BTEC Higher Nationals How to engineer a qualification
We have joined forces with Schneider Electric, the leader in digital transformation of energy management and automation, to integrate innovation and industry-relevant skills into our Engineering Higher Technical Qualifications (HTQs).
These level 4 and 5 qualifications are practical, employer-led alternatives to apprenticeships and degrees and must pass a stringent approval process set by the Institute for Apprenticeships and Technical Education (IfATE). Employers have an active role to play in accreditation, through close collaboration with education companies such as Pearson.
We have worked closely with industry experts to design the content of these qualifications, which are intended to address a chronic skills gap which threatens to slow down growth and innovation in key sectors of the economy.
According to our recent Skills Outlook report, two-thirds (62 per cent) of business leaders are worried about finding recruits with the right skills for their vacancies. A third (36 per cent) revealed they have not expanded due to the skills gap.
David Abrahams, a Key Client Manager for Schneider Electric's IT's Global Operations division, has worked with us to develop the new Engineering HTQs.
"We are committed to shaping the future of buildings, infrastructure and industries through innovation," says David. "To do this, we need a steady influx of recruits who possess not only the core skills needed in this highly technical field but also the softer skills that allow them to work effectively within a team, network and flourish into leadership roles."
Dr Sahithi Siva, our Subject Lead for Engineering for Higher Education, currently working on Higher National product development, echoes this sentiment: "We greatly value employer participation and appreciate the commitment they make, and David has been fantastic. The process is rigorous, but the outcomes benefit everyone involved."
Getting HTQs approved by IfATE involves consulting a broad spectrum of stakeholders, mapping knowledge, skills, and behaviours, and ensuring the qualification aligns with industry standards. This process is iterative, requiring frequent feedback and amendments, followed by approval from OFQUAL and a separate submission process with IfATE. "It is a complex, lengthy process but is essential to ensure the quality and relevance of our qualifications," states Sahithi.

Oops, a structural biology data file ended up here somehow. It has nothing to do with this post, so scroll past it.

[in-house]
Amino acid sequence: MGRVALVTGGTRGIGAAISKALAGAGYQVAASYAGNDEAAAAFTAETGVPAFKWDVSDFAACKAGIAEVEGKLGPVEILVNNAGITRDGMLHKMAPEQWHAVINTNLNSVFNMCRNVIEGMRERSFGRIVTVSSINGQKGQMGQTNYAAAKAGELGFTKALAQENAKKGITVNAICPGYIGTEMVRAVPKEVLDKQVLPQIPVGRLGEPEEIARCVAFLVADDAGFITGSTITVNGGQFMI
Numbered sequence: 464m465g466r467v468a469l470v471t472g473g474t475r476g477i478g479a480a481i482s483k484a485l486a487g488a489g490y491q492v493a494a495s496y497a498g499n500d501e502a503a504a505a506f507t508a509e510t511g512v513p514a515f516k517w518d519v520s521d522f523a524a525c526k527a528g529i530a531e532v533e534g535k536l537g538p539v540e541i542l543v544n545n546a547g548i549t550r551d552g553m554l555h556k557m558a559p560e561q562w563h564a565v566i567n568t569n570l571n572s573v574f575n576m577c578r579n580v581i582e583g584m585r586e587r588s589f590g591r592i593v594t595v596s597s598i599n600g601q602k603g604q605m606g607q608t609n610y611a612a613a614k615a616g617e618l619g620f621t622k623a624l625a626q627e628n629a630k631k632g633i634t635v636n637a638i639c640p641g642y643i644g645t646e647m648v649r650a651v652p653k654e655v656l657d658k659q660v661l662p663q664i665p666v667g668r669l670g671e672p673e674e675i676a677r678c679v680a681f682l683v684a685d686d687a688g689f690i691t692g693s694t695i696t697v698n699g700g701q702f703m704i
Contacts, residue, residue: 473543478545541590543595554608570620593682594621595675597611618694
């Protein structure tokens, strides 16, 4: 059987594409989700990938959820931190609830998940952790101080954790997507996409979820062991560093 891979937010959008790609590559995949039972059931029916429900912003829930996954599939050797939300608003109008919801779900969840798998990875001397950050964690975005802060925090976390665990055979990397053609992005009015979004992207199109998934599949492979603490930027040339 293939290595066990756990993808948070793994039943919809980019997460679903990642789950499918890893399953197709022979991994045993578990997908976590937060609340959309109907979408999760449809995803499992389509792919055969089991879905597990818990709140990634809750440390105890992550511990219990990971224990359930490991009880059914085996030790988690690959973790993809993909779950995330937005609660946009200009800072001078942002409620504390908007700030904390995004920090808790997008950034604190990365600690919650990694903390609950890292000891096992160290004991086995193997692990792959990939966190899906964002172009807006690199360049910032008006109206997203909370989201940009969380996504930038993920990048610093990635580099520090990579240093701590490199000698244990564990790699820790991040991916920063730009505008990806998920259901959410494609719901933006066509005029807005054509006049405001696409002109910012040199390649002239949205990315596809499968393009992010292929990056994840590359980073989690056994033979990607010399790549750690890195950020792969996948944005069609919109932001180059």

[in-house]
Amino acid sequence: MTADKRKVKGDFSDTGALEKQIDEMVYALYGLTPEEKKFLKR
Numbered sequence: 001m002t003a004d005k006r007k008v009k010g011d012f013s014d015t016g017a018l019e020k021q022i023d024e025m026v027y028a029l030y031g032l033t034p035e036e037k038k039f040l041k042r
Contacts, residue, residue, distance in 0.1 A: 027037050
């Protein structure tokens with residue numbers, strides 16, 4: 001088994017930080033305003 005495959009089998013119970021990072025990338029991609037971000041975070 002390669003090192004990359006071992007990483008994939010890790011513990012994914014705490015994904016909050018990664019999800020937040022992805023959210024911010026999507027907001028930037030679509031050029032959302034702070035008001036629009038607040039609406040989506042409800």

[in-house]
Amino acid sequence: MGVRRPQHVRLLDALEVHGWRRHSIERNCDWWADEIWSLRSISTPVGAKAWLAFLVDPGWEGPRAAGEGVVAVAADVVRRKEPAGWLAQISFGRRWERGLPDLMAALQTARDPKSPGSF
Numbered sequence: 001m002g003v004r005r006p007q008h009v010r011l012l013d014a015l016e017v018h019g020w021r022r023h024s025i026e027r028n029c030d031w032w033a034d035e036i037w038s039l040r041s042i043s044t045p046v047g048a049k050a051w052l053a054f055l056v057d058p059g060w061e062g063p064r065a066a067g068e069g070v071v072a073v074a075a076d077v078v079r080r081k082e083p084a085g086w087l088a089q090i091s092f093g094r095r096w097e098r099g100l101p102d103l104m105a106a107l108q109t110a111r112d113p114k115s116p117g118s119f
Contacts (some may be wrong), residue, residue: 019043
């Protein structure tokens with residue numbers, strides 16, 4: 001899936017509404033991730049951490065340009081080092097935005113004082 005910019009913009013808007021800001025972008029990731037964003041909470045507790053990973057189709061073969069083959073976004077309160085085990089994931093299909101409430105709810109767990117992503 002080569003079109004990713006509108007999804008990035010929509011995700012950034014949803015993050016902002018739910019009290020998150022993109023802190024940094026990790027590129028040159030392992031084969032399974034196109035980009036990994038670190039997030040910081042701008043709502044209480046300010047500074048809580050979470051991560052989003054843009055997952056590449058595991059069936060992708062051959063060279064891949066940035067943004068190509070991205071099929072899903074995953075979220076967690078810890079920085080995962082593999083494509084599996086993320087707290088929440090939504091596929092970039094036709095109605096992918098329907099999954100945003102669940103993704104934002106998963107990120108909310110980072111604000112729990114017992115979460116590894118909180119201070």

With the UK striving to close the skills gap at the Level 4 and Level 5 technician levels in the engineering industry, the development of HTQs has been met with enthusiastic support from the sector. Despite changes in policy over the past few years, the demand for HTQs remains strong. Employers understand their value, and considerable time and financial investment have been channelled into ensuring their success.
David wholeheartedly endorses his experience working with us on the HTQ development process. Reflecting on his involvement, he shares, "It was incredibly fulfilling to be part of this journey. I strongly encourage other employers to embrace the opportunity if approached. It's a unique chance to nurture and develop talent within their respective industries directly."
We are actively working to future-proof its qualification units, ensuring they remain relevant for at least the next five years. The company also developed a new space technologies Higher National qualification to deliver the space engineering technician standard, with organisations like Airbus Defence and Space and National Space Agency providing crucial feedback.
As technology progresses at a breakneck pace, partnerships like the one between Pearson and Schneider Electric are vital for ensuring innovation is built into qualifications and learners acquire the hard and soft skills needed for the future and thrive in tomorrow's industries.
We have recently received accreditation for HTQs in the Digital, Construction, Healthcare, Sport, Business, and Engineering sectors, and is planning to develop more HTQs in some of these key sectors.